KANSAS CITY, Mo. (AP) — Convicted national security leaker Chelsea Manning isn't receiving medical treatment for her gender identity condition as previously approved by Defense Secretary Chuck Hagel, the American Civil Liberties Union and Manning's attorney said Tuesday.
The ACLU and Manning's civilian attorney, David E. Coombs, on Tuesday notified the U.S. Disciplinary Barracks in Fort Leavenworth and several defense department officials, including Hagel, that a lawsuit will be filed if military officials do not confirm by Sept. 4 that the treatment will be provided for Manning.
Manning is serving a 35-year sentence at Fort Leavenworth for sending classified documents to the WikiLeaks website. Manning, who changed her name from Bradley after her conviction, has been diagnosed with gender dysphoria, the sense of being a woman in a man's body.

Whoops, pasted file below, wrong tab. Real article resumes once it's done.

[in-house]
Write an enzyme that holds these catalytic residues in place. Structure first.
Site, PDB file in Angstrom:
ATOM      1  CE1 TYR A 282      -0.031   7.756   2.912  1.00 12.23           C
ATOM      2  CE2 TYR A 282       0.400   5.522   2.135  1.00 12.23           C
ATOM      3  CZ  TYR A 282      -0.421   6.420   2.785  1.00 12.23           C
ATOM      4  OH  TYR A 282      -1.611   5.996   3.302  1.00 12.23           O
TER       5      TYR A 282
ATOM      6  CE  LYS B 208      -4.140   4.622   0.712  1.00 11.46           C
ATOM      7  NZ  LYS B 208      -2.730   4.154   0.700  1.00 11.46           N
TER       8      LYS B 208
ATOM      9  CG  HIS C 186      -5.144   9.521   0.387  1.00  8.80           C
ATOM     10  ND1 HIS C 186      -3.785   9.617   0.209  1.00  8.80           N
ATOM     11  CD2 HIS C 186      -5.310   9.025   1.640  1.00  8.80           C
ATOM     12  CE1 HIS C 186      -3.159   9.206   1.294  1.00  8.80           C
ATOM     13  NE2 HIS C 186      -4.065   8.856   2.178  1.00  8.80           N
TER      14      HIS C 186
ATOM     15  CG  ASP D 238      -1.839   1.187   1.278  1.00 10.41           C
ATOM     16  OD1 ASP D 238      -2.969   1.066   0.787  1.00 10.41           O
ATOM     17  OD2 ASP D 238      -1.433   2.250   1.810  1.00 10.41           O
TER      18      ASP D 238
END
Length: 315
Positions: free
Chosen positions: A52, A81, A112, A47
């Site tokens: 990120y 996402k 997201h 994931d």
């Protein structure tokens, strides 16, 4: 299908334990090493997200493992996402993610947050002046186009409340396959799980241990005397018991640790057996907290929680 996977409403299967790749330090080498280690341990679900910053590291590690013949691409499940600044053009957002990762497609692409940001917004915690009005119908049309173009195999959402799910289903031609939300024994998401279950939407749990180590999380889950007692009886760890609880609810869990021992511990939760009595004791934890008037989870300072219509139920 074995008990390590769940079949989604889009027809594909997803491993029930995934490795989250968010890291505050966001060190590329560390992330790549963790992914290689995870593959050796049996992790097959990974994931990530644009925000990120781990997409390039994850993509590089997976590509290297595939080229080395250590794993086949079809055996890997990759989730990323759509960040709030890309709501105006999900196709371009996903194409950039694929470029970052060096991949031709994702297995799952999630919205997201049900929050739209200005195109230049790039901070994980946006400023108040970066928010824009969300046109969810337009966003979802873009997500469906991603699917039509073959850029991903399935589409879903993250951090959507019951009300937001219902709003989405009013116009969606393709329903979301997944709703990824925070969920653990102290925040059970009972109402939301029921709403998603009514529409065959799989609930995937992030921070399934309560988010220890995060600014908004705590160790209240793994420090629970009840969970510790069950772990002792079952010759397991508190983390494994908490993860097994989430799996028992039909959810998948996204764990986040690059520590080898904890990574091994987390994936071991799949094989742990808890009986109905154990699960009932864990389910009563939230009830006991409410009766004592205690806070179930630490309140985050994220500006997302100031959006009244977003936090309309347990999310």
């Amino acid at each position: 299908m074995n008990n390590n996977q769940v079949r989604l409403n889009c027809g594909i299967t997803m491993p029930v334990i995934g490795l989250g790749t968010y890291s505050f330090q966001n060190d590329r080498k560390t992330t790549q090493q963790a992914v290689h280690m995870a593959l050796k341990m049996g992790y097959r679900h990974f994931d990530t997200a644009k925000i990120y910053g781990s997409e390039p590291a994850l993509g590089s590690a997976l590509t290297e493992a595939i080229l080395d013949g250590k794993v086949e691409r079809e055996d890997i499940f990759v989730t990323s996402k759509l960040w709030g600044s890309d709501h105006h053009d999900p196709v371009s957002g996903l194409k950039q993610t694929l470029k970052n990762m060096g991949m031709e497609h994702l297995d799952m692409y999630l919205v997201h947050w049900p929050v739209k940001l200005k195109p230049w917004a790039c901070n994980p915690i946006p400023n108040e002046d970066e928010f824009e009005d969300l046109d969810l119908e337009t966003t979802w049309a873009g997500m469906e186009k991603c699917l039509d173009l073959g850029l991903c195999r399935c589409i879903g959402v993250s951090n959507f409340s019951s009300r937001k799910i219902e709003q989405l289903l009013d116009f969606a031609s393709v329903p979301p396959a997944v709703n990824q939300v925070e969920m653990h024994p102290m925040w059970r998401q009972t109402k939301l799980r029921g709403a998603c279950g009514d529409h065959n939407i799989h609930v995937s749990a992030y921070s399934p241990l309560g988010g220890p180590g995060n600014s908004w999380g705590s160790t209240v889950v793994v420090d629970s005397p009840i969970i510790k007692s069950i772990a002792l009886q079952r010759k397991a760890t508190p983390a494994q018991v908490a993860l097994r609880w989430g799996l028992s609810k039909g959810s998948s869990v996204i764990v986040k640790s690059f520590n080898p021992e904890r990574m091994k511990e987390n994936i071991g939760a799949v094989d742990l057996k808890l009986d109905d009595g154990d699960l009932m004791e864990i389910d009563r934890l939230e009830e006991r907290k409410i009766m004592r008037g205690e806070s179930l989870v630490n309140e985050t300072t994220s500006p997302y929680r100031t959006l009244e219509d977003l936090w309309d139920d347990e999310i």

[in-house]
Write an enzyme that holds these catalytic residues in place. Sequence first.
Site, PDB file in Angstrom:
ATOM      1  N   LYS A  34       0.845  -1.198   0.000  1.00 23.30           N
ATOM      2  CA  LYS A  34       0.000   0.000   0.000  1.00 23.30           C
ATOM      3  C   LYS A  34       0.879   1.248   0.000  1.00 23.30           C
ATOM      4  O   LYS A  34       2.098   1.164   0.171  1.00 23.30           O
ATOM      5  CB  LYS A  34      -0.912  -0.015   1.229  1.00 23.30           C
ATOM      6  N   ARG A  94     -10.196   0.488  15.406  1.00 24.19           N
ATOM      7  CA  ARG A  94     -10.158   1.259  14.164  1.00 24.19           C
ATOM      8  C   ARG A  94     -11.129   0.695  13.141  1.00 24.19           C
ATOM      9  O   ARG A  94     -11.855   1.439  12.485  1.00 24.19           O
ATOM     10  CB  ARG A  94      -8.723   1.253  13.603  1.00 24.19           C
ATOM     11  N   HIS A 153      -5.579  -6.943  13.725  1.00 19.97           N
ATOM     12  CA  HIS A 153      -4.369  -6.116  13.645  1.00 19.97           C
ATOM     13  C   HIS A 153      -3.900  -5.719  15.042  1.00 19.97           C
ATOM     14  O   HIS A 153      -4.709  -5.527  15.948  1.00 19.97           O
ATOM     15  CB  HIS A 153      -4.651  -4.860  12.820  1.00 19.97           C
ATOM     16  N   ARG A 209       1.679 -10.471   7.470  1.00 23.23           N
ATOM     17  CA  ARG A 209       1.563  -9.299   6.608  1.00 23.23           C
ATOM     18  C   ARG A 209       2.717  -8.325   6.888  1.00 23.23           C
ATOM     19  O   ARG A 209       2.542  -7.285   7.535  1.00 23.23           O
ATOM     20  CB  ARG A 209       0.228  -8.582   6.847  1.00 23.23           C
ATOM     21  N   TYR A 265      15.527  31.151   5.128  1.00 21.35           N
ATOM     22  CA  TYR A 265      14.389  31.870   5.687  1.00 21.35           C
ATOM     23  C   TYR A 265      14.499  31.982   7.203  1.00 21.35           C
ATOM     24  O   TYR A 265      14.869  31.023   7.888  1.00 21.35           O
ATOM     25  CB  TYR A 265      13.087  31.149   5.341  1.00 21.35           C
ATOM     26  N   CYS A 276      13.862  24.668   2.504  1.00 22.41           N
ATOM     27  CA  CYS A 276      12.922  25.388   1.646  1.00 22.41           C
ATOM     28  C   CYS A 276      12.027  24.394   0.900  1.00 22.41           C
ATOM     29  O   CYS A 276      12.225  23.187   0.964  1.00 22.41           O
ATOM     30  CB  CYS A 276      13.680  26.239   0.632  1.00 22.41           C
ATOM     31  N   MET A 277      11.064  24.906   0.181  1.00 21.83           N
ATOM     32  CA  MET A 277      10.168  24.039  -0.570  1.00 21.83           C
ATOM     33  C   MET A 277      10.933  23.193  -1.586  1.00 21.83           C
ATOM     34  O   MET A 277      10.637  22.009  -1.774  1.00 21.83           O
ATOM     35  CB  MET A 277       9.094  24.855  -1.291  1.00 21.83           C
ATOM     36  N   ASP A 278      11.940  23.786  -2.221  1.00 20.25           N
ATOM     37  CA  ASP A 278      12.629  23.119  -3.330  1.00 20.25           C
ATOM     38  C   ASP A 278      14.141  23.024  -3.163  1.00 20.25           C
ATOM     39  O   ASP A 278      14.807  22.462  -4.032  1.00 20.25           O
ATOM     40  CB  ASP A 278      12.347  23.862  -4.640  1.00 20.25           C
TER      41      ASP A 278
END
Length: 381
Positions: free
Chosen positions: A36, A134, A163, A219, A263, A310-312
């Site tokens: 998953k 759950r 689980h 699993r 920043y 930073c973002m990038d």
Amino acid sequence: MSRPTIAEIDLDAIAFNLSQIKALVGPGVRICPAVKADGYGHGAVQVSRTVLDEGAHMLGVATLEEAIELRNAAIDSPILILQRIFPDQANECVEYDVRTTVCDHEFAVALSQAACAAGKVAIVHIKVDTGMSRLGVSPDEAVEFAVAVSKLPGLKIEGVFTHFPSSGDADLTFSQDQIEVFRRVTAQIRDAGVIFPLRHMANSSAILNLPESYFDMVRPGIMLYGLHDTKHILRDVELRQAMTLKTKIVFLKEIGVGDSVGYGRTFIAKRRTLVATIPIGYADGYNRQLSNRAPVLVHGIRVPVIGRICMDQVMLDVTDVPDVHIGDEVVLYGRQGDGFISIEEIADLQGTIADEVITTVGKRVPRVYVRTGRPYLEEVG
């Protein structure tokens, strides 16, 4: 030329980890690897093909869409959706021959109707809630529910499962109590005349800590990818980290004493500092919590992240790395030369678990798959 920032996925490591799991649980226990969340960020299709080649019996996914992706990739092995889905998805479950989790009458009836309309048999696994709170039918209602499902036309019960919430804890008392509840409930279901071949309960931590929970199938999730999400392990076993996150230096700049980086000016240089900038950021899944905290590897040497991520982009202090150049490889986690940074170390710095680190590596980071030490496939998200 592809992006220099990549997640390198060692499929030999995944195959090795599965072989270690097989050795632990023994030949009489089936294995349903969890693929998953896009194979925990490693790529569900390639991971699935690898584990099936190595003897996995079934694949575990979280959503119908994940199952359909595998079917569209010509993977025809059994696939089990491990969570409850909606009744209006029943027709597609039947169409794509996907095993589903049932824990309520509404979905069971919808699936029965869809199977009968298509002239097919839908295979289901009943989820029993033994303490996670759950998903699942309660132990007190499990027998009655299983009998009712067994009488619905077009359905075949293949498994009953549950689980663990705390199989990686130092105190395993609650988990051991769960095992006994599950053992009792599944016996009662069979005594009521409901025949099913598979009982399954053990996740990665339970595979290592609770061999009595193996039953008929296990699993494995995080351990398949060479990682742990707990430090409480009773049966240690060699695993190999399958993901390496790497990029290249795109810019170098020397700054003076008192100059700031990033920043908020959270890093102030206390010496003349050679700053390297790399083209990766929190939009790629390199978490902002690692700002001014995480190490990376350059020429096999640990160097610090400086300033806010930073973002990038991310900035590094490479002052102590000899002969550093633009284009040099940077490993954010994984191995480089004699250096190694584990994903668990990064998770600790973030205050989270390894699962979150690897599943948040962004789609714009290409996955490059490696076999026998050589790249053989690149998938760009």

Manning sought evaluation and treatment after she was sent to the Fort Leavenworth prison in September 2013. She is asking for hormone therapy and to be able to live as a woman. Military doctors confirmed the gender dysphoria diagnosis and recommended a treatment plan, but she has yet to receive any treatment, according to the ACLU.
"The continued failure to provide Ms. Manning with this treatment is inconsistent with well-established medical protocols and basic constitutional principles," Chase Strangio, attorney for the ACLU's Lesbian Gay Bisexual and Transgender Project, said in a statement.
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